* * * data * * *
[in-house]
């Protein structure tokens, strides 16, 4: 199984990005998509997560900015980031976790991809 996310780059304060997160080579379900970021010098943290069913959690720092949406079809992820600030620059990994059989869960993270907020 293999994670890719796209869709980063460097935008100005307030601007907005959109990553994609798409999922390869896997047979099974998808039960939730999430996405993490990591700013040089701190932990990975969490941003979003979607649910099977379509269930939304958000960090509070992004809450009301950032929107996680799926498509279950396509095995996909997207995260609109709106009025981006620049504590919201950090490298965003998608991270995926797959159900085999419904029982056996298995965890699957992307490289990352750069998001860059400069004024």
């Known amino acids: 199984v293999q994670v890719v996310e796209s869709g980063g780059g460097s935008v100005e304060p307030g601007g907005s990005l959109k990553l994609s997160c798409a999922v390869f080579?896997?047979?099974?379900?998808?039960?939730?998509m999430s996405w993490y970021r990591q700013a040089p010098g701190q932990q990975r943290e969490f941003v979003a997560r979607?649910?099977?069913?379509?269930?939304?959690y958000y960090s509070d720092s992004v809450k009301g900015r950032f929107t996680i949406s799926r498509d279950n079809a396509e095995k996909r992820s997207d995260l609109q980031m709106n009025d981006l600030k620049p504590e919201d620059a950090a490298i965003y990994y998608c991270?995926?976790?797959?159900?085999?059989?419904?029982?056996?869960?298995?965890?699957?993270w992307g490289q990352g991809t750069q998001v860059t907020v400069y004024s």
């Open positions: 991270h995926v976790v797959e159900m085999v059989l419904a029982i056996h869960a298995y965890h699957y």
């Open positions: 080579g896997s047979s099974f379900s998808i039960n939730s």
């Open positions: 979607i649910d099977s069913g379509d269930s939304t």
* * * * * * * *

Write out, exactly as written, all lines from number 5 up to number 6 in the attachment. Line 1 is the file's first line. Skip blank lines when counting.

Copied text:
């Open positions: 080579g896997s047979s099974f379900s998808i039960n939730s």
């Open positions: 979607i649910d099977s069913g379509d269930s939304t």